Charles Wilkinson
University of Colorado Law School

Prior to joining the faculty of the CU Law School, Charles Wilkinson practiced law with private firms in Phoenix and San Francisco and then with the Native American Rights Fund. In 1975, he became a Law Professor, teaching at the law schools of the University of Oregon, Michigan, and Minnesota before moving to Colorado in 1987.

Professor Wilkinson has received teaching awards from his students at all three law schools where he has taught, and the Universities of Colorado and Oregon have given him their highest awards for leadership, scholarship, and teaching. He has also won acclamation from non-academic organizations. The National Wildlife Federation presented him with its National Conservation Award, and in its 10-year anniversary issue, Outside Magazine named him one of 15 “People to Watch,” calling him “the West’s leading authority on natural resources law.” He has served on several boards, including The Wilderness Society, Northern Lights Institute, and the Center of the American West at the University of Colorado.

 


 

Charles Wilkinson has also been named as Distinguished Professor, one of just twenty-five on the University of Colorado-Boulder campus. After graduating from Stanford Law School and practicing with Phoenix and San Francisco firms, Wilkinson joined the Native American Rights Fund in 1971 as a staff attorney. Since 1975, he has taught at the Oregon and Colorado law schools, receiving many teaching and research awards.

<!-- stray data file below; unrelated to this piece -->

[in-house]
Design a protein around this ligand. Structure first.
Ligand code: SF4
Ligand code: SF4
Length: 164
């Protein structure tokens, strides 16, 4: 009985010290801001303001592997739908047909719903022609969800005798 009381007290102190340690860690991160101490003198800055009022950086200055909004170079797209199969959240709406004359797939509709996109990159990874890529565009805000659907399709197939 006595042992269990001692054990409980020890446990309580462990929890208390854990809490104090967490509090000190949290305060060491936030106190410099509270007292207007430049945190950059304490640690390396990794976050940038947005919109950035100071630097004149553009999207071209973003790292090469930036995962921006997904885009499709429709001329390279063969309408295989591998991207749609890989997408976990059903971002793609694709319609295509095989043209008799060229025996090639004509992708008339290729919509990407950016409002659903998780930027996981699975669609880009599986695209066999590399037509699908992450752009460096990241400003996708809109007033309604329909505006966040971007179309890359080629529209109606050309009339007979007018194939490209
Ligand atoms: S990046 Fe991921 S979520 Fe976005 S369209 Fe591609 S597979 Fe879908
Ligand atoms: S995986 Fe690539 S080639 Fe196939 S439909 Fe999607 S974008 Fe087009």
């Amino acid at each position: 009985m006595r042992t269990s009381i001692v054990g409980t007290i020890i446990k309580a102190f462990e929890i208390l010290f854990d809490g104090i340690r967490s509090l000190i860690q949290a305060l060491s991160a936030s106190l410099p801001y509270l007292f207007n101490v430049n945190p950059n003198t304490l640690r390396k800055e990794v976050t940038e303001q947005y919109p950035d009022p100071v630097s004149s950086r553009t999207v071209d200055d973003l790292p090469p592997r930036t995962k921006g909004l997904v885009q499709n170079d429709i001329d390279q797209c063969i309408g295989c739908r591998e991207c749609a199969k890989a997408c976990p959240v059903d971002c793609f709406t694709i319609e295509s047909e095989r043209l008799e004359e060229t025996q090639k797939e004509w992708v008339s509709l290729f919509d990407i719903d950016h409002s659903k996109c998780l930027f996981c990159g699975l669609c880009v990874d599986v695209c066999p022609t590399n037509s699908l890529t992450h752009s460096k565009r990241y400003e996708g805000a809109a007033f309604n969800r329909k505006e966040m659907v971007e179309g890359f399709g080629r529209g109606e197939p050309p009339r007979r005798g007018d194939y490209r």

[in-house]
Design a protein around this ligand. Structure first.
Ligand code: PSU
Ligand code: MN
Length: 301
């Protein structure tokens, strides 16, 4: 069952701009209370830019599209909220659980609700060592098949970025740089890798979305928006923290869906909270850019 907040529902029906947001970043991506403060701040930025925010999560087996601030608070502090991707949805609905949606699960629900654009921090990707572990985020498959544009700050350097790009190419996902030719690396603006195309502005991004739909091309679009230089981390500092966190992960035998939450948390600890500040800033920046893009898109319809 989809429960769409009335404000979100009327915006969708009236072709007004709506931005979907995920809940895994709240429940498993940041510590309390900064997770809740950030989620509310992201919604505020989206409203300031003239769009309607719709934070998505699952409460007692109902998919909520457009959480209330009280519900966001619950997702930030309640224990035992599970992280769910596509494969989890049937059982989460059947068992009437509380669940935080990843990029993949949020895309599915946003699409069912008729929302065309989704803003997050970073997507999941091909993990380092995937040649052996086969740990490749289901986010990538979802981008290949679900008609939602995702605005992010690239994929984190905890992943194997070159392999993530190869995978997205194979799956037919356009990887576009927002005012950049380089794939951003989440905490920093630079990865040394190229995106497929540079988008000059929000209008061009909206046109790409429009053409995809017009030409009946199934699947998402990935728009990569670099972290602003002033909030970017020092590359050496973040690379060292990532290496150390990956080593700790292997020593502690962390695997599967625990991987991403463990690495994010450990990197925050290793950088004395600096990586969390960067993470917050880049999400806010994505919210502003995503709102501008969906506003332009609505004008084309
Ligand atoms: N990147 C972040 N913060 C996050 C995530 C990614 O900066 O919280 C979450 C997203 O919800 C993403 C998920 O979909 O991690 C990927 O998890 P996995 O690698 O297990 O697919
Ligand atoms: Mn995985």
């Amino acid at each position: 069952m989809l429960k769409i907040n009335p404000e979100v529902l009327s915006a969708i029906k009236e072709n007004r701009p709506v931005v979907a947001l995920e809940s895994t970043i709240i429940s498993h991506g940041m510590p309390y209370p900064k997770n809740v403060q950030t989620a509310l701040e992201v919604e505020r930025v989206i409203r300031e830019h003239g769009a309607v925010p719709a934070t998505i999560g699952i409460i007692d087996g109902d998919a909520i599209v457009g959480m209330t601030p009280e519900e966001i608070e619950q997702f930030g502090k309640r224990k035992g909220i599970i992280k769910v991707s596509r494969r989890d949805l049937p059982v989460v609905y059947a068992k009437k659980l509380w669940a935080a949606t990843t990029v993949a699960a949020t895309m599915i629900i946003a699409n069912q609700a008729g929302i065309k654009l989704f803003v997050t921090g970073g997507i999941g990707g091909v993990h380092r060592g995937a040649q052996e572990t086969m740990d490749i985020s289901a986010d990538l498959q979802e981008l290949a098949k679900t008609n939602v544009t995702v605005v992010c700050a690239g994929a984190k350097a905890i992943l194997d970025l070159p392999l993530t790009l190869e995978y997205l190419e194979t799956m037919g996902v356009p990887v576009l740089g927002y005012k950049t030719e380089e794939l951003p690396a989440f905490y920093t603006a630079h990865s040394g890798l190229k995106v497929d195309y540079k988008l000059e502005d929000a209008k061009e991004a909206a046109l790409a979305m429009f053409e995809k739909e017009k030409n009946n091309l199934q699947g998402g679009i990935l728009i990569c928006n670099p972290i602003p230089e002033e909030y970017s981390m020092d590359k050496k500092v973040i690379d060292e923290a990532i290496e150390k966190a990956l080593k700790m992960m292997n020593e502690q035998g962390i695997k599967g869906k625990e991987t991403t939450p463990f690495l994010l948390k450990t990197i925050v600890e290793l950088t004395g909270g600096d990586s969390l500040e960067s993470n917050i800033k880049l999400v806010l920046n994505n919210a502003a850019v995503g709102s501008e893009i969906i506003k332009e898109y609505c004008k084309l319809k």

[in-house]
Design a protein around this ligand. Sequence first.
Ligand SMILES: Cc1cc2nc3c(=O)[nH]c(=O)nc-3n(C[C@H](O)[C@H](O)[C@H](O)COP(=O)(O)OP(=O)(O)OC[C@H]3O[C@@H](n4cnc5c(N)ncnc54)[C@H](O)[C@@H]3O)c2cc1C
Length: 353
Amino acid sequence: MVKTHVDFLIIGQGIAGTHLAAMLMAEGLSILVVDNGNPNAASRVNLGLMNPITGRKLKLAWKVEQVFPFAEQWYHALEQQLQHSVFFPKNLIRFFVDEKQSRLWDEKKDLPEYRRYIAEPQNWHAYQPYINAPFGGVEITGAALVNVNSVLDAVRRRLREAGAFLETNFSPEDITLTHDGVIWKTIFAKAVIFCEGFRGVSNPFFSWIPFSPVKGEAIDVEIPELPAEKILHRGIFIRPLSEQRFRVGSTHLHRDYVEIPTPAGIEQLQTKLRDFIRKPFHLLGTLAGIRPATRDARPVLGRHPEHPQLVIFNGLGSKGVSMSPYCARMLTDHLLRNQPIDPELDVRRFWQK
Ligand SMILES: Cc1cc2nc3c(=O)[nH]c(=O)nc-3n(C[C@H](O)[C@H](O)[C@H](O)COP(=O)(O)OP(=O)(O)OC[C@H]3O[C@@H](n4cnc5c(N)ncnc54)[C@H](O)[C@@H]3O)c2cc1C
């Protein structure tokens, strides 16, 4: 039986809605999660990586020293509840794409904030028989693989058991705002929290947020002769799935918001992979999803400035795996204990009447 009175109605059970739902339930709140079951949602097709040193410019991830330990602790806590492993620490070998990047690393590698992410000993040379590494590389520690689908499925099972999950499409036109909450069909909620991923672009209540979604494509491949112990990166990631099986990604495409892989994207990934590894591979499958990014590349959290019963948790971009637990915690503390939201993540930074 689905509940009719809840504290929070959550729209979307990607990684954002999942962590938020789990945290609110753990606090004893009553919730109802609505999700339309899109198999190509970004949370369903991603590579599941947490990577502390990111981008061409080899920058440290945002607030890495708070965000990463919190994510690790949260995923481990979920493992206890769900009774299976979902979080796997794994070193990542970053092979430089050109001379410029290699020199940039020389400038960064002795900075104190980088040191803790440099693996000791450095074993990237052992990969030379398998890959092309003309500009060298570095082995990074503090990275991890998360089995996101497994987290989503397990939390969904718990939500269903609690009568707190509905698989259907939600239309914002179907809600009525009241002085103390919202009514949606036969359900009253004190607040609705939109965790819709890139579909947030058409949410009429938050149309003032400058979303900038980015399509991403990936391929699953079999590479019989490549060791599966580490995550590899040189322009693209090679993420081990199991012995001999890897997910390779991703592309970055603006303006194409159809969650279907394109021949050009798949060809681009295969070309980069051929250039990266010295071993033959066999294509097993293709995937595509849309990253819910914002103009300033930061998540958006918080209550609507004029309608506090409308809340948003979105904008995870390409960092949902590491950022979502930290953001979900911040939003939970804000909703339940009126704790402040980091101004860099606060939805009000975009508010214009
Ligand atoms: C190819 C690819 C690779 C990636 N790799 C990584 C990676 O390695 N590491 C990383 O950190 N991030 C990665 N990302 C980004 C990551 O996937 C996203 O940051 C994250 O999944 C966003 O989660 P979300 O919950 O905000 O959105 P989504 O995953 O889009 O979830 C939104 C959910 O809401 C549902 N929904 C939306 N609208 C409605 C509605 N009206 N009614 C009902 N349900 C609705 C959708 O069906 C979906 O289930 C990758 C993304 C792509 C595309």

His fourteen books include the standard law casebooks on Indian Law and Federal Public Land Law. He has also authored general audience books such as Crossing the Next Meridian: Land, Water, and the Future of the West(1992); The Eagle Bird: Mapping a New West(1992); Fire on the Plateau: Conquest and Endurance in the American Southwest(1999); Messages from Frank’s Landing: a Story of Salmon, Treaties, and the Indian way (2000); Blood Struggle: The Rise of Modern Indian Nations(2005); and The People Are Dancing Again: The History of the Siletz Tribe of Western Oregon (2010).

Over the years, Wilkinson has taken on many special assignments for the US Departments of Interior, Agriculture, and Justice. He served as special counsel to the Interior Department for the drafting of the Presidential Proclamation, signed by President Clinton in September 1996, establishing the Grand Staircase-Escalante National Monument in Utah. He acted as the facilitator in negotiations between the National Park Service and the Timbisha Shoshone Tribe concerning a tribal land base in Death Valley National Park; in 2000, Congress enacted legislation ratifying the resulting agreement. In 2004, he served as the mediator in successful negotiations, involving salmon runs in the Cedar River, between the City of Seattle and the Muckleshoot Indian Tribe. He served as Special Advisor to the Bears Ears Inter-Tribal Coalition in regard to the creation of the Bears Ears National Monument, proclaimed by President Obama in 2016.

Wilkinson’s awards include the National Wildlife Federation’s National Conservation Award; the Oregon High Desert Museum’s Earle A. Chiles Award for career dedication to the High Desert; the Warm Springs Museum’s Twanat Award for tireless work for Indian people; the Grand Canyon Trust’s John Wesley Powell Award for extraordinary vision, passion, and commitment to the Colorado Plateau; and the Federal Bar Association’s Lawrence R. Baca Award for Lifetime Achievement in Indian Law.